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Council Approves Laws to Reduce Pedestrian Accidents

Last week, the New York City Council considered several bills designed to improve pedestrian safety on the streets of New York. Last month, eight pedestrians were killed in accidents in New York. Mayor de Blasio has vowed to stop the carnage with his Vision Zero plan. However, more than new crosswalks and stop lights are needed, according to an article in New York magazine.

Last week, the City Council passed 17 traffic safety bills that chip away at the problem but will not solve it. These include:

Cooper's Law, named for a child killed last year on the Upper West Side in front of his building. This proposed statute will give the NYC Taxi and Limousine Commission (TLC) the ability to remove a cab driver who has caused injury and death. Transportation Alternatives Director Paul Steely White said, "Cab drivers set the tone on New York City streets." If they take fewer risks when driving, others drivers will follow suit.

· A ban on motorcycle stunts

· A requirement that the TLC report all accidents involving cabs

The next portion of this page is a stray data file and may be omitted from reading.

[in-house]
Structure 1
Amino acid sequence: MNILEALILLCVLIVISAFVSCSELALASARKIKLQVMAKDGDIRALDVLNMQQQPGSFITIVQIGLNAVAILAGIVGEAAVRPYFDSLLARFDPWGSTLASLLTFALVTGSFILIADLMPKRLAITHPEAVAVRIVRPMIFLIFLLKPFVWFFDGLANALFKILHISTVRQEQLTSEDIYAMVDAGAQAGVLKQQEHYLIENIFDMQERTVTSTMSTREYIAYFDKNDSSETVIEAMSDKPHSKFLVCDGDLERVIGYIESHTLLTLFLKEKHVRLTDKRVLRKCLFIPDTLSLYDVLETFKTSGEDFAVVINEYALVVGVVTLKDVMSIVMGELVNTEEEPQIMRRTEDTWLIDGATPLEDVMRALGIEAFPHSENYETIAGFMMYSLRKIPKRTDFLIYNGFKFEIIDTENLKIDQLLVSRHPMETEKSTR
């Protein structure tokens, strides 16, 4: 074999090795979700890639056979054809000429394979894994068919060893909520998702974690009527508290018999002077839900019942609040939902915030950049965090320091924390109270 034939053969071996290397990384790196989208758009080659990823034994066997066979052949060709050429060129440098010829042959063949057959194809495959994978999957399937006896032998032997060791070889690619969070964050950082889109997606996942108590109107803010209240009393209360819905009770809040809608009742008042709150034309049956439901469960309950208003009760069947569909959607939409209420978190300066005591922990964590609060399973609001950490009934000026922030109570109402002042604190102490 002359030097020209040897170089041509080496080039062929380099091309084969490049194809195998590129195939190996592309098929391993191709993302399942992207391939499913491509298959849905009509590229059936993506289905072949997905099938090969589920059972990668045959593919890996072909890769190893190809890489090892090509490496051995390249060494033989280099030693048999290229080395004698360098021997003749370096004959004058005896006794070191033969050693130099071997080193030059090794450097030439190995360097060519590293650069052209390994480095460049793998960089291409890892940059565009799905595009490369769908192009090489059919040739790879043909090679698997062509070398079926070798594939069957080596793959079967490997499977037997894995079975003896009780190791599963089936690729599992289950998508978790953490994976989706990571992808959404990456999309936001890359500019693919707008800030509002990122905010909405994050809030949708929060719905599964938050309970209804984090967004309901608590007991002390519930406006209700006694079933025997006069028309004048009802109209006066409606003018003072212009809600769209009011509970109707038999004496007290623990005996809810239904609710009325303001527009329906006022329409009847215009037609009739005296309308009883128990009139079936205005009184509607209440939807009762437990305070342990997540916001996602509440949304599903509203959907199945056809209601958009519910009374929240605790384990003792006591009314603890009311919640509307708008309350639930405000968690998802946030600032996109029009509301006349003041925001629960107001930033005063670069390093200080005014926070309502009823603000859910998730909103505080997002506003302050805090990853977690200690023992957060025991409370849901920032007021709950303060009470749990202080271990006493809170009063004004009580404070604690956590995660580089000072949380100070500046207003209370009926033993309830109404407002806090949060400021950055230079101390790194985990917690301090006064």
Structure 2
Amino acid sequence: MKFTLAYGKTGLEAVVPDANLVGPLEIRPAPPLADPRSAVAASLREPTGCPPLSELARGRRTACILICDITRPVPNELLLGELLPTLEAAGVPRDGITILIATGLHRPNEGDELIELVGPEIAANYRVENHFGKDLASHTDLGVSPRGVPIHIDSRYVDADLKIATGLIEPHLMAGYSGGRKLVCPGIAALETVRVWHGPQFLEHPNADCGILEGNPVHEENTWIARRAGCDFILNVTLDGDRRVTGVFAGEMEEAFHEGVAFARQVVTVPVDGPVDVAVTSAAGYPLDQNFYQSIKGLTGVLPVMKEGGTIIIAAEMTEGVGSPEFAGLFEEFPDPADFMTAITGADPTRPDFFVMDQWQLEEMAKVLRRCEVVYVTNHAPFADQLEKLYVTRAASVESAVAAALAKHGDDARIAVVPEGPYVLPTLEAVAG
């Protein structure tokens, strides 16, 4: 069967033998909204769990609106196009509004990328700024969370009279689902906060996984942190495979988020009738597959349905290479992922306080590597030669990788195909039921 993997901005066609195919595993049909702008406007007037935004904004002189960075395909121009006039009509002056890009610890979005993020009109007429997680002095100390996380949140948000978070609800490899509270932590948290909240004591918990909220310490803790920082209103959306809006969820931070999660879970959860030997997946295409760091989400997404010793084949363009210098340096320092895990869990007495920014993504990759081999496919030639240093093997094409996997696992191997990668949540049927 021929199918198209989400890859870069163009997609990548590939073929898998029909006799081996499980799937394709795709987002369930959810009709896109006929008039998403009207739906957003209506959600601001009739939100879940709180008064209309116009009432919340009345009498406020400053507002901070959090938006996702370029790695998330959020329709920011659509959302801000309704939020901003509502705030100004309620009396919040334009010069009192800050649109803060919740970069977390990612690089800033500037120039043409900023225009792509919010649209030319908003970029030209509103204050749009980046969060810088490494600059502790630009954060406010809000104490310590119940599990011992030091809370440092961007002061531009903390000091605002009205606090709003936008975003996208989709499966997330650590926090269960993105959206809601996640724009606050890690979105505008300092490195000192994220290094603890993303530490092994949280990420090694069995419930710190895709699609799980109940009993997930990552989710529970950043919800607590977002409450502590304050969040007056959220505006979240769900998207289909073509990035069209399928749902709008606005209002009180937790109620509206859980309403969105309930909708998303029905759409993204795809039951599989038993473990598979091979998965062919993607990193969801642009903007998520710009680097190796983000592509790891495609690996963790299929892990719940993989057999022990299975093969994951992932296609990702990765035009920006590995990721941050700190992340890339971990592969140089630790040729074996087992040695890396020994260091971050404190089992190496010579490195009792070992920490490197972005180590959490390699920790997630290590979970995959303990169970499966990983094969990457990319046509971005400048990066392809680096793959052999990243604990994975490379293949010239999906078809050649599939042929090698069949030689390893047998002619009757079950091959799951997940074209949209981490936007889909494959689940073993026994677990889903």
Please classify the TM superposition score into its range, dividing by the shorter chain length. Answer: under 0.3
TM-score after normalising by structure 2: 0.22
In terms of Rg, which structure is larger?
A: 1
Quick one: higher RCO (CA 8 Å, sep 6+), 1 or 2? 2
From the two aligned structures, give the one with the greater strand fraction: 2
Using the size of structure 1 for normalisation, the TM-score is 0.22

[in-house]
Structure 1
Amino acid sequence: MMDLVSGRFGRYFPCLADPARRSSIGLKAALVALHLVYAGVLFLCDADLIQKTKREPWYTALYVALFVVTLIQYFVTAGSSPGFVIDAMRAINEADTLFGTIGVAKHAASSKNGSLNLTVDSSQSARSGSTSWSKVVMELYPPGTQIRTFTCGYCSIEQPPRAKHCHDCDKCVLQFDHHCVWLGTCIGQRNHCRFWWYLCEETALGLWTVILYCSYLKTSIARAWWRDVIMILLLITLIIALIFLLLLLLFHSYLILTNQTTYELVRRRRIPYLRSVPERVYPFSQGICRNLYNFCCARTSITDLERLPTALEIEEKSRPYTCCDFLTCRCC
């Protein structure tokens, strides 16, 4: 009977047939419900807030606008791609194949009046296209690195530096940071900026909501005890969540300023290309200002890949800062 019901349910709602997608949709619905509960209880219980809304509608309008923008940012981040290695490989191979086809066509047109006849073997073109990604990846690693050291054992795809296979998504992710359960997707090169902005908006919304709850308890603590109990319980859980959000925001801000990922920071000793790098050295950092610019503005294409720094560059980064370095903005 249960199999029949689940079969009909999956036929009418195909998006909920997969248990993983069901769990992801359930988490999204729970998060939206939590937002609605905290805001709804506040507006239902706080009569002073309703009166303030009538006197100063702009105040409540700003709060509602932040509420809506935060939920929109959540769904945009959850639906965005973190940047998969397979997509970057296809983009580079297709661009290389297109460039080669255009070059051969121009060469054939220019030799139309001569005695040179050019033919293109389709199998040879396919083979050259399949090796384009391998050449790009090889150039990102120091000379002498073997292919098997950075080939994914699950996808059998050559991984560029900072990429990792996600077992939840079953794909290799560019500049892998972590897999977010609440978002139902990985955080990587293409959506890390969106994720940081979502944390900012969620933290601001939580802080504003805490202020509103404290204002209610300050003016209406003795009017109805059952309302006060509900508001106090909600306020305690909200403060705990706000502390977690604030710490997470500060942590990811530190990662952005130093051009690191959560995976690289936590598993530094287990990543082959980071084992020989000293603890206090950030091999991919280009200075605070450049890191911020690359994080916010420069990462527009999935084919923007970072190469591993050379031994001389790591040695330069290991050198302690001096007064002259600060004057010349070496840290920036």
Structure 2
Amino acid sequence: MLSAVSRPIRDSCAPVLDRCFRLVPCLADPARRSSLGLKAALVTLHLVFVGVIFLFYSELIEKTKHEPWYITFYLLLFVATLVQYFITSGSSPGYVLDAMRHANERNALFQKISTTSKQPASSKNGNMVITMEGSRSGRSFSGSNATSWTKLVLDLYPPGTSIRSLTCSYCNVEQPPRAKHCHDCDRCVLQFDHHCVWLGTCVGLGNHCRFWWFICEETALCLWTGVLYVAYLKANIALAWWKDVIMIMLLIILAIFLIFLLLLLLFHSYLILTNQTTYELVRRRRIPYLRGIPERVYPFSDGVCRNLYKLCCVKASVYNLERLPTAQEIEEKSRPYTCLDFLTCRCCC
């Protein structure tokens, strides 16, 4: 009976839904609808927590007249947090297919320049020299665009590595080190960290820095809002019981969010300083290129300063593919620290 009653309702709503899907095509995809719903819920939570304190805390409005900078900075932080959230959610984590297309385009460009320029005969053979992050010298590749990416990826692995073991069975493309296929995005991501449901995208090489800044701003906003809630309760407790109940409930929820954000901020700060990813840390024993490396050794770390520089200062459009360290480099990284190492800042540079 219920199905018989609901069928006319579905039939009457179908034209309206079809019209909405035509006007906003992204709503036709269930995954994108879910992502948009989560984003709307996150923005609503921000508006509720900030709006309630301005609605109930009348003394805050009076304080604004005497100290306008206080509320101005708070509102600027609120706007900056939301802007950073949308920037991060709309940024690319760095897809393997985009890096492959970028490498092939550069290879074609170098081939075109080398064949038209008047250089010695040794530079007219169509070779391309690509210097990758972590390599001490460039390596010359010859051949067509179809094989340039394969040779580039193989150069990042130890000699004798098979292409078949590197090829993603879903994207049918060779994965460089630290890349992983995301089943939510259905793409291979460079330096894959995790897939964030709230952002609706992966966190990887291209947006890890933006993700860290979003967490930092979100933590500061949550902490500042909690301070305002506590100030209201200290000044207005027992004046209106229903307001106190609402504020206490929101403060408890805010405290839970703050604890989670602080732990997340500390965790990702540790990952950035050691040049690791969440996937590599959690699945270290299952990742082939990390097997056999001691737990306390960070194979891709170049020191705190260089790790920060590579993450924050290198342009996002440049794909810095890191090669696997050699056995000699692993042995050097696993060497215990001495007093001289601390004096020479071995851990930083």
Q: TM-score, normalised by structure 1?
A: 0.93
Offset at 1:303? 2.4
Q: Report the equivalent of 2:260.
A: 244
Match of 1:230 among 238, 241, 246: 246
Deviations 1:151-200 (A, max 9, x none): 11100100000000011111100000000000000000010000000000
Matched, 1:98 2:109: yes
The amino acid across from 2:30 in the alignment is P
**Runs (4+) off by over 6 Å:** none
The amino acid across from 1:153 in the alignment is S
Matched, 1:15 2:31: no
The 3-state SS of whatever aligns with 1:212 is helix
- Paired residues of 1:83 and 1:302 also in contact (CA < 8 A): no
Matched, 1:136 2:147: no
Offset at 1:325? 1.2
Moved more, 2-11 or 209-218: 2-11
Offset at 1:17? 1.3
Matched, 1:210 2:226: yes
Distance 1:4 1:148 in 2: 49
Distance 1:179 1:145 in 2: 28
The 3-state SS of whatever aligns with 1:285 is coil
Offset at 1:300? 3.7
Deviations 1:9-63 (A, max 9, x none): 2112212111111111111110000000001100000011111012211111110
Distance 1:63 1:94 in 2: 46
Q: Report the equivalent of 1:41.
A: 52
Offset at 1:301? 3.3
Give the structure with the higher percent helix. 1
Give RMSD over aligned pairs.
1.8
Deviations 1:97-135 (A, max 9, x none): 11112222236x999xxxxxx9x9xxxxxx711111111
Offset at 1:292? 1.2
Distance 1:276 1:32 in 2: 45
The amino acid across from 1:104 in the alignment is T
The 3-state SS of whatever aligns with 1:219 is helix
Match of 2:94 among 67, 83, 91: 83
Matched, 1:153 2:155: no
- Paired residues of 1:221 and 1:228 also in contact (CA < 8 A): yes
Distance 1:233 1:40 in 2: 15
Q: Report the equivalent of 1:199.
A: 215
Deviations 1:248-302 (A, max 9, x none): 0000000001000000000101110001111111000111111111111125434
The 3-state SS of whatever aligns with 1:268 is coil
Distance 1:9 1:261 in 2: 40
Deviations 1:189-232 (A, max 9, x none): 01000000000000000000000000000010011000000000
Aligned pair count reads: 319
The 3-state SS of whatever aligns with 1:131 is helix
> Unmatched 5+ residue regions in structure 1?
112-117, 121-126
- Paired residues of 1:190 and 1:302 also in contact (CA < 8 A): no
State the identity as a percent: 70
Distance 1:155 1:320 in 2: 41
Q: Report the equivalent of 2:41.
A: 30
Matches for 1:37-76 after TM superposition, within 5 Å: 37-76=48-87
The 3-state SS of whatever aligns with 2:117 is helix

· A requirement that the Department of Transportation replace or fix broken signals within 24 hours

· Enhanced penalties for drivers who do not yield to pedestrians or cyclists with the right of way

· Require the DOT to review safety guidelines for bridge workers performing their jobs in traffic

Other parts of the legislative package included resolutions that call upon the State of New York to approve changes that the city cannot make alone. Operation of automated traffic enforcement cameras, speed limits and driving on the sidewalk are examples of traffic violations that are the purview of the state rather than the city.

Mayor de Blasio is dealing with the traffic death problem with the budget as well. The administration's budget includes nearly $100 million to widen sidewalks, improve intersections and add medians. Such measures have a history of calming traffic and reducing accidents and injuries among drivers and pedestrians.

Some experts point to the statistic that shows pedestrian deaths down by around 30 percent. However, others say that the drop reflects unusually bad weather this year, rather than any real improvement in pedestrian safety.

Source: New York Times, "Council Passes Bills Aiding de Blasio's Quest to End Traffic Deaths," May 29, 2014.

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